Sorry, it's the opposite, haha. A torrent file is basically a node. When you put it in your client, it does two things: leech and seed. Leeching means it's downloading bits from other people, seeding means that other people are downloading bits from you. The torrent file essentially directs your client to other people's files, then flags the files you've downloaded for others to take. If there are a lot of seeders, you get to download pieces from each of them at once, which makes the process go faster, since the load is divided among many different people. When more people are leeching, that effect is reduced. If you leave a torrent file when you're done downloading in whatever client you're using, it will start seeding to other people. Some private torrent sites require you to keep up a ratio from seeding/leeching to make sure users are giving back to the community.
Basically, something will download faster when there's a lot of seeders and few leechers.
That is a good simplistic view, but it doesn't actually quite work that way. For one, when you're leeching a file, your torrent client is actually already seeding your completed pieces (each torrent gets chopped into pieces and the tracker keeps track of which ones you have and which ones you need). So really, adding peers to a torrent shouldn't theoretically slow it down, because even if those peers are "stealing" bandwidth from the seeder(s), they should pass on anything they already obtained to you. Trackers are actually pretty sophisticated and will try to distribute pieces that have the least available copies so that new content gets pushed to peers and the peers can share with each other, even if none of them have the full file.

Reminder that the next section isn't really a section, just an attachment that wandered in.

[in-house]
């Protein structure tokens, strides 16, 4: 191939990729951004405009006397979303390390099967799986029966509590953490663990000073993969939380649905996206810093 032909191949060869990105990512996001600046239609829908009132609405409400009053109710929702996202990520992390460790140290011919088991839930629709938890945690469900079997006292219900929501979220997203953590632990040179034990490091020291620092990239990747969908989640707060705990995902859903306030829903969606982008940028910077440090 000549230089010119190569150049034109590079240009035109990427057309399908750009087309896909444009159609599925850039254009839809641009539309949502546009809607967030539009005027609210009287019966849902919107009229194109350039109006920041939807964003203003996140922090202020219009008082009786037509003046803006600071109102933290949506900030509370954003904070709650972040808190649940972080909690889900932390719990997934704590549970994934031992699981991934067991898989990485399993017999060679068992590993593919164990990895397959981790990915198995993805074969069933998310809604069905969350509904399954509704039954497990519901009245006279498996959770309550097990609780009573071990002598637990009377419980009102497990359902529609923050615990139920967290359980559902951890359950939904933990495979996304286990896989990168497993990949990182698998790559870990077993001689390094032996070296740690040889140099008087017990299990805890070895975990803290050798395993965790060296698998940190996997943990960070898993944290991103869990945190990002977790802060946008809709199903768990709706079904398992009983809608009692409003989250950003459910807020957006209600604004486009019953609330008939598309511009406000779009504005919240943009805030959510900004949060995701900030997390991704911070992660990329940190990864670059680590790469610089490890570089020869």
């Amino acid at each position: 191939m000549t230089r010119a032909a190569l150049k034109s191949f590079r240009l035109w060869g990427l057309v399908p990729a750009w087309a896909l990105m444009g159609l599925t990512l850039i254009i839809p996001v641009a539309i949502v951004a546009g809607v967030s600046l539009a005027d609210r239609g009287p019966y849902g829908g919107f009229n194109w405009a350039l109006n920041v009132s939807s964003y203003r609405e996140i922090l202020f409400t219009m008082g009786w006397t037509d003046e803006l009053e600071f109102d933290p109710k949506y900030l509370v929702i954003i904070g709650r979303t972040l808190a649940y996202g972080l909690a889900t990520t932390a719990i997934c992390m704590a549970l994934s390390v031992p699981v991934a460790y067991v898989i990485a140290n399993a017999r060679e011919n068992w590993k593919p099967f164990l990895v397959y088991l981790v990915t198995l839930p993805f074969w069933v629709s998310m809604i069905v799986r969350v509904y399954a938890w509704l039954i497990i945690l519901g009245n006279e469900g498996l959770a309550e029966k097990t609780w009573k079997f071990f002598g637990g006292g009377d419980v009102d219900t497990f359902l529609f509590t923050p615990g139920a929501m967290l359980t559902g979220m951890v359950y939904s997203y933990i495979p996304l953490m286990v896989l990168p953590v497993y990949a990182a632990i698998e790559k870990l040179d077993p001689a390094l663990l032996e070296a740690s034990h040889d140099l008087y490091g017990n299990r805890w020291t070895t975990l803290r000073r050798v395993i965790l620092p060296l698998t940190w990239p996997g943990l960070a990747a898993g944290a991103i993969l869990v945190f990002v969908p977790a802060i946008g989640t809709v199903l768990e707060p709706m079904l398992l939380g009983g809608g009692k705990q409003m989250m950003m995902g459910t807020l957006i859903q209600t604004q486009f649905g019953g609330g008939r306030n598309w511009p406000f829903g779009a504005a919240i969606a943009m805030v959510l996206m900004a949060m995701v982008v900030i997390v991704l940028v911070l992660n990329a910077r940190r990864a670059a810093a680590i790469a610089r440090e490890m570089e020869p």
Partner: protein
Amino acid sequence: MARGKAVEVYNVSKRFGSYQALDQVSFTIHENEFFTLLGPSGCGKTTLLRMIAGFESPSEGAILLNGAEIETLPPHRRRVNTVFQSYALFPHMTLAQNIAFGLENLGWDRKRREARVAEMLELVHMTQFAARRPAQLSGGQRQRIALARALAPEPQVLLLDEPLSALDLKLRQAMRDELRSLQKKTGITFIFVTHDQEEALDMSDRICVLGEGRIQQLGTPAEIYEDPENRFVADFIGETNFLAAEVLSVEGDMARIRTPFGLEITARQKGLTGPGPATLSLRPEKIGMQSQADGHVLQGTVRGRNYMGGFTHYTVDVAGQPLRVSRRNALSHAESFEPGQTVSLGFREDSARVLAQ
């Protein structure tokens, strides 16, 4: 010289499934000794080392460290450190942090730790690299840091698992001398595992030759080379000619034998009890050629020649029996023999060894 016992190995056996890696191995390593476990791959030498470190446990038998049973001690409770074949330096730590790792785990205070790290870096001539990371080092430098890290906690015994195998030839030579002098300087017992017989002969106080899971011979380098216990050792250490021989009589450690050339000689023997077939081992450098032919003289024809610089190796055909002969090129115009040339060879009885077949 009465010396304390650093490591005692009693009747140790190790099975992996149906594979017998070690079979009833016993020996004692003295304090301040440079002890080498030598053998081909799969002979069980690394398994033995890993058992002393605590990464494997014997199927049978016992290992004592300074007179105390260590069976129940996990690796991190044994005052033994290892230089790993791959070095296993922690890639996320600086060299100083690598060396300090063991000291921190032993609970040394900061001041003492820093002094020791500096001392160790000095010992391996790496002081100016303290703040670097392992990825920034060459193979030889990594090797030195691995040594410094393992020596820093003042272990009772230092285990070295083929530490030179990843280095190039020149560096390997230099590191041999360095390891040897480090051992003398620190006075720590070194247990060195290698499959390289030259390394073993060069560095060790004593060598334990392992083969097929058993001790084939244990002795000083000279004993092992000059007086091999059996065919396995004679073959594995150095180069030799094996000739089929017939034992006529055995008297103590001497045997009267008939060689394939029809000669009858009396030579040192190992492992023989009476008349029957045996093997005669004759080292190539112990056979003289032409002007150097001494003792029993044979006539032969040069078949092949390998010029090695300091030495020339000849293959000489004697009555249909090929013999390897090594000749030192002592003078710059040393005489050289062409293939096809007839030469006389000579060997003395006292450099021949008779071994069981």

But actually, It could really help to have more peers on a torrent. First of all, if the peers are not maxing out the seeders' upload bandwidth, then more peers means even more unique pieces to share and more copies of each piece will be available. This is important because of many factors, but a good example is that torrent clients use metrics to determine how good your connection is to other peers (ping, connectivity in general, data loss, transfer speed, etc). If you have a crappy connection to someone, or if they have no data you are interested in (meaning they have no pieces of the torrent you still need), their rating will go down and you may not get connected to them, thus hampering both your download and the overall seeding of the torrent. Add to that the fact that many torrent clients are configured to have download and upload slot limits, and you can imagine how fewer peers can cause bottlenecks and non-ideal conditions. The more there are, the more chances there are to find good matches and spread the data across many computers.
The short answer is that yes, if you got a bunch of friends to jump on a poorly seeded torrent, you will probably see some kind of performance increase. At worst it would be the same (like if, say, there is only 1 seed and he has terrible upload capabilities).